There's No Place Like Home

Passage: Genesis 11:1-9; Acts 2:1-21
Date: May 27, 2007
Preacher: Guest Preacher
Guest Preacher: Debbie Garber

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Next to the Sound of Music, the Wizard of Oz was one of my favorite movies. Growing up, network television indulged me with yearly repeats. I loved the Technicolor and snappy music, and even the evil laugh of the Wicked Witch of the East. There were so many sights and sounds, good and bad creatures, and a yellow brick road to follow. Dorothy, the heroine, was amazed by it all, but she was also a bit frightened to be in such a strange place. I worried about Dorothy and her little dog, Toto. Would they ever find the wizard? Would they ever see Auntie Em and Uncle Henry again? Would they ever get home to the familiar? Now, not to spoil the ending for you...but Dorothy and Toto did eventually get home. Using her magic ruby slippers, she clicked her heels twice and repeated the phrase: "There's no place like home. There's no place like home." And, through the whirlwind, she was magically transported back home.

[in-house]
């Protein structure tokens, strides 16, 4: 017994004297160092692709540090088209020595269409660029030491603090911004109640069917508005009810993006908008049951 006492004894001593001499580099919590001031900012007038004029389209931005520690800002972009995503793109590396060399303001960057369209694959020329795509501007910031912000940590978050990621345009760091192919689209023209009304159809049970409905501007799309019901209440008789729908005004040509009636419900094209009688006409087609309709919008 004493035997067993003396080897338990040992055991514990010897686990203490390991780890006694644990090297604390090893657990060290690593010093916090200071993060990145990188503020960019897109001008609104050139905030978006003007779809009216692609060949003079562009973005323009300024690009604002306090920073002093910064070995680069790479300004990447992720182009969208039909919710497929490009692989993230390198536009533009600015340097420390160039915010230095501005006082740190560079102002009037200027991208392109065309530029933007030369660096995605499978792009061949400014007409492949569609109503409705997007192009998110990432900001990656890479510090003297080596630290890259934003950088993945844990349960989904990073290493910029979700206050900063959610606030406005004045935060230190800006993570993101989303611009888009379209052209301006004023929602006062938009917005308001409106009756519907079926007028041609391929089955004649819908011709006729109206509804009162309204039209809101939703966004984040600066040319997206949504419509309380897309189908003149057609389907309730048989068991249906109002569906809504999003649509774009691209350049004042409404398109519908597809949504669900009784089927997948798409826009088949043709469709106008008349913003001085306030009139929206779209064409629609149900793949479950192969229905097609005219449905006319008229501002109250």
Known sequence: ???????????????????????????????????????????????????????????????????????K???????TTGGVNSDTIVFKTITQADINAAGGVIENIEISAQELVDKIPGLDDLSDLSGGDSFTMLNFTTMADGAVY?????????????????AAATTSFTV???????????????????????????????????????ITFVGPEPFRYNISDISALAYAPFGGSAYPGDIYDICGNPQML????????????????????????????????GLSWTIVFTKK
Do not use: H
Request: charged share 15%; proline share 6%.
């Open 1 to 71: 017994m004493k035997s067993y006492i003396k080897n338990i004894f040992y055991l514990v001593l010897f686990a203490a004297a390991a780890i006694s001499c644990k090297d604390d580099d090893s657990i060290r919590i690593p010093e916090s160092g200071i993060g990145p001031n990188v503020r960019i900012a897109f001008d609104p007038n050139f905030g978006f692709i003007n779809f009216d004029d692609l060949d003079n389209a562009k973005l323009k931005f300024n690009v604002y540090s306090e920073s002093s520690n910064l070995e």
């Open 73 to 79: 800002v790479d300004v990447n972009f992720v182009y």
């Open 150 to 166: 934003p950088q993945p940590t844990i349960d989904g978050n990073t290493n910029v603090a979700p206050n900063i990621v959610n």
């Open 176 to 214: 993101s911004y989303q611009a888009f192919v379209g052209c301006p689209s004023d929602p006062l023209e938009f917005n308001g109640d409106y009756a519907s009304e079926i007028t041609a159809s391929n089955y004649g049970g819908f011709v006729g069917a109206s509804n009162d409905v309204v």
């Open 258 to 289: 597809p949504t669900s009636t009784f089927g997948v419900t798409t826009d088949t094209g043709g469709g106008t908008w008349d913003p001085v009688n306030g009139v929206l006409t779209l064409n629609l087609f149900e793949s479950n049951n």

There have been times while living in Austin, Texas, that I have found myself repeating those exact same words. I have seen live Longhorn cows grazing alongside the freeway, huge numbers of students in burnt orange t-shirts moving in one direction many Saturdays in the Fall, and spectacular thunderstorms, mostly experienced beneath my bedcovers. It can be exhausting at times constantly adjusting to new surroundings. There are days when I just want to log on to the Internet and listen to OPB to hear the Portland weather or traffic report. I have felt, at times, a little like Dorothy-seeking the familiar, things that make me comfortable. This is especially true as I have searched for a church home in Austin. Frankly, there's no place like Westminster, no matter how much I have looked. Each time I visit a church, it's hard not to compare it to this church. As a Westminsterite and a Presbyterian, I am at home in our way of worship, speaking of God, and relating to each other and the world.